`Research must to bring Zoonoses out of no man`s land`
New Delhi: A territorial tussle between physicians and veterinarians is leading to neglect in research of zoonotic diseases and in turn hampering awareness campaigns for such animal-to-human diseases such as Rabies, Swine Flu, and TB, according to experts.
The Public Health Foundation of India (PHFI) believes that research should be precursor to any awareness campaign about zoonotic diseases as the area has been neglected so far.
Zoonoses constitute about 60 per cent of all known human infections and 75 per cent of emerging infectious diseases are zoonotic and a new global study has put India as one of the "hotspots" for the highest incidence of zoonotic diseases, according to a World Health Organisation report,
"We did a survey to find out the knowledge of Zoonoses among medical students and we were surprised to find out the results to be 40-60 percent," says Manish Kakkar, Head of Zoonotic department at PHFI.
Even though Zoonoses Day is celebrated every year on July 6 to emphasise and bring awareness amongst people, and teach them to take right action experts believe that Zoonoses as a subject has not received the attention it deserves amongst academicians or policymakers and thus there is immense scope and demand for research in the area.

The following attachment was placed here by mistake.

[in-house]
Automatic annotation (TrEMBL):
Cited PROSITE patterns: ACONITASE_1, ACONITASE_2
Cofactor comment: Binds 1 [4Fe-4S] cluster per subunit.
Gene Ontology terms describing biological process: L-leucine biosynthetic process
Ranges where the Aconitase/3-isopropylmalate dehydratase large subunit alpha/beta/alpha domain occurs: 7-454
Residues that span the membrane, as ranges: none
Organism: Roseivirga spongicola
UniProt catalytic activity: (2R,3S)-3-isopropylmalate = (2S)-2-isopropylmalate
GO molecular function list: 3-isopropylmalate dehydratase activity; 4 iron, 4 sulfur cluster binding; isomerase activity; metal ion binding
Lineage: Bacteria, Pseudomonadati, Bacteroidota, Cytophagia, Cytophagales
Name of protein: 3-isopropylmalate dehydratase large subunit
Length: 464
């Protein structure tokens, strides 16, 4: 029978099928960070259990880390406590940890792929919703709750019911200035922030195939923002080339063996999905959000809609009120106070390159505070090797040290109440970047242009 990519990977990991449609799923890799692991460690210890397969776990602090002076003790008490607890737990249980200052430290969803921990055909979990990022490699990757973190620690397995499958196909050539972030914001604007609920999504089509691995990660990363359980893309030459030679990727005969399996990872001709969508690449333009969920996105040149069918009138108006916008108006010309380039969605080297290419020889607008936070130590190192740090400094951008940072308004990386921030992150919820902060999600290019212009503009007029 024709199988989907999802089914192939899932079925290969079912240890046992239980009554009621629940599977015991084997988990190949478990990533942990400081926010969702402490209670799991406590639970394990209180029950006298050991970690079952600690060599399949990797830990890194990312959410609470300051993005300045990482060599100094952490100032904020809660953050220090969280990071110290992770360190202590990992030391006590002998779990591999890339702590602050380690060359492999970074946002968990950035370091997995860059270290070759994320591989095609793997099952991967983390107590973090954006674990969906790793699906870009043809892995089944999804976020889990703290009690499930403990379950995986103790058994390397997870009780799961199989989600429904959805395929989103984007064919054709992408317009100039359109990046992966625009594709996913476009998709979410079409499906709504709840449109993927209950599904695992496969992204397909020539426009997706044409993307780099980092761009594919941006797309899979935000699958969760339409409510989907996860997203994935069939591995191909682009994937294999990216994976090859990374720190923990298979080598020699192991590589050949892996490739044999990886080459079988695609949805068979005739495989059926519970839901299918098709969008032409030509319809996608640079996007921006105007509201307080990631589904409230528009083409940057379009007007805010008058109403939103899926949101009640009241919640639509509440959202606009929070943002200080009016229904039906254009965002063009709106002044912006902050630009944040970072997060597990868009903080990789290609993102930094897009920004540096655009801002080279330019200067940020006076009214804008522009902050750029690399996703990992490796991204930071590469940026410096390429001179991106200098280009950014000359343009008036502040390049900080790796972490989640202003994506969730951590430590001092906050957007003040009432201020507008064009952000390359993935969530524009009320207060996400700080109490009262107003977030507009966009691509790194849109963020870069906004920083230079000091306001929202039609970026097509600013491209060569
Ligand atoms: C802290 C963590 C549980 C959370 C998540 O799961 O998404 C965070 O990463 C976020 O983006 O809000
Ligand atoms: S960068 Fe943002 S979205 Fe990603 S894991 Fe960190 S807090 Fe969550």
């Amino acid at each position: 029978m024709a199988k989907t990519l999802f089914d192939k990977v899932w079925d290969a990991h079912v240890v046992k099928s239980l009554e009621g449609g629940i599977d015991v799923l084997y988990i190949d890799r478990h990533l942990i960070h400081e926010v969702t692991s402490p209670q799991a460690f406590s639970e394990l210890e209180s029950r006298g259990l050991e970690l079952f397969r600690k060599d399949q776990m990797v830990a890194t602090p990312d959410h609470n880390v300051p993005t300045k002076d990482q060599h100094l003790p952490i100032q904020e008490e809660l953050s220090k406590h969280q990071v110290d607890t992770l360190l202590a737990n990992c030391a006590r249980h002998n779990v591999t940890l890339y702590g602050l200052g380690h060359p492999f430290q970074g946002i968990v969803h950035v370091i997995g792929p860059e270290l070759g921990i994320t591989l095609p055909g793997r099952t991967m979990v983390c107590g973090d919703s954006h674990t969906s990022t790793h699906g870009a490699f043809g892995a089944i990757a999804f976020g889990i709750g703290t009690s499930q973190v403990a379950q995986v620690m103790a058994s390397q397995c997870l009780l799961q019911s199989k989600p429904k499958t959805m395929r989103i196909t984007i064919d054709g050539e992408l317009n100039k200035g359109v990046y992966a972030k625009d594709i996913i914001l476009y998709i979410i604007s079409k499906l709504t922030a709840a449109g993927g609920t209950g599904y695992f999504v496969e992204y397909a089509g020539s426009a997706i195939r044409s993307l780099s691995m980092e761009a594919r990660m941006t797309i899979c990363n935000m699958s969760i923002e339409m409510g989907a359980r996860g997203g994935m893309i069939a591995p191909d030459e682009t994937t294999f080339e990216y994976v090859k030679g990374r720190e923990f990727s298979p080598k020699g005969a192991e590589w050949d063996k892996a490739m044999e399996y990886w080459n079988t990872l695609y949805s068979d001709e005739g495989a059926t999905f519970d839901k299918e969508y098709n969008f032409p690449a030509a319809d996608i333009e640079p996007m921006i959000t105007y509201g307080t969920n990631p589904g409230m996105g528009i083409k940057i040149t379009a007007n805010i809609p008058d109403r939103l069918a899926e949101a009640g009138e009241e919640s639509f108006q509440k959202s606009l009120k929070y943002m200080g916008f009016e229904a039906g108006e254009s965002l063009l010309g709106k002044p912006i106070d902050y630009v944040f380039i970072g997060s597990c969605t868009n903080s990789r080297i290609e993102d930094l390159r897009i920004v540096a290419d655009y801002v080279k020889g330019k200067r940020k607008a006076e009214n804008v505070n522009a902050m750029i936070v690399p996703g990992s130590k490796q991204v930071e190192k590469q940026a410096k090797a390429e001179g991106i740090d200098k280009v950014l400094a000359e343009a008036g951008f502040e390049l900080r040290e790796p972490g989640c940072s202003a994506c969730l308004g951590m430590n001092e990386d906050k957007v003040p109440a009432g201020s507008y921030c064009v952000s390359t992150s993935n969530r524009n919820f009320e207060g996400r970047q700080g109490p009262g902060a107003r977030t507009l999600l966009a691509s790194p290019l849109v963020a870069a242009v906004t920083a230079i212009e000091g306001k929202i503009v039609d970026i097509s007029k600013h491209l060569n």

General physicians are of the perception that veterinarians should be dealing with zoonoses while veterinarians believe it is the former`s territory and the entire game of beliefs leaves the category of diseases in no man`s land.
"The need of the hour is not only research but relevant research and the syllabus at the medical schools also needs to be revised as far as the study of Zoonoses is concerned," says Kakkar.
Kakkar says, "If we study the history of zoonotic disease India has faced outbreak of zoophytic diseases every second year including SARS, bird flu followed by swine flu and now encephalitis."
The WHO says there is growing recognition that an outbreak anywhere can potentially represent an emergency of international public health concern, hence increasing the need for research for advance preparedness as well as control measures.
"There is need for a heightened awareness of the possibility that new epidemics of zoonotic disease can and will emerge in unexpected places," says a WHO spokesperson.
The Roadmap to Combat Zoo noses in India`s (RCZI) mission, a multi sectoral initiative for prevention and control of zoo noses has roped in experts from various organisations including WHO, Indian Council of Medical Research (ICMR) , Public Health Foundation of India (PHFI), College of Veterinary Medicine (CVM) and others for facilitating interdisciplinary communication and research.
"To bring zoonoses into `correct man`s land` there is a need to have a multisector collaboration in the area. RCZI is an initiative with same vision" says Kakkar.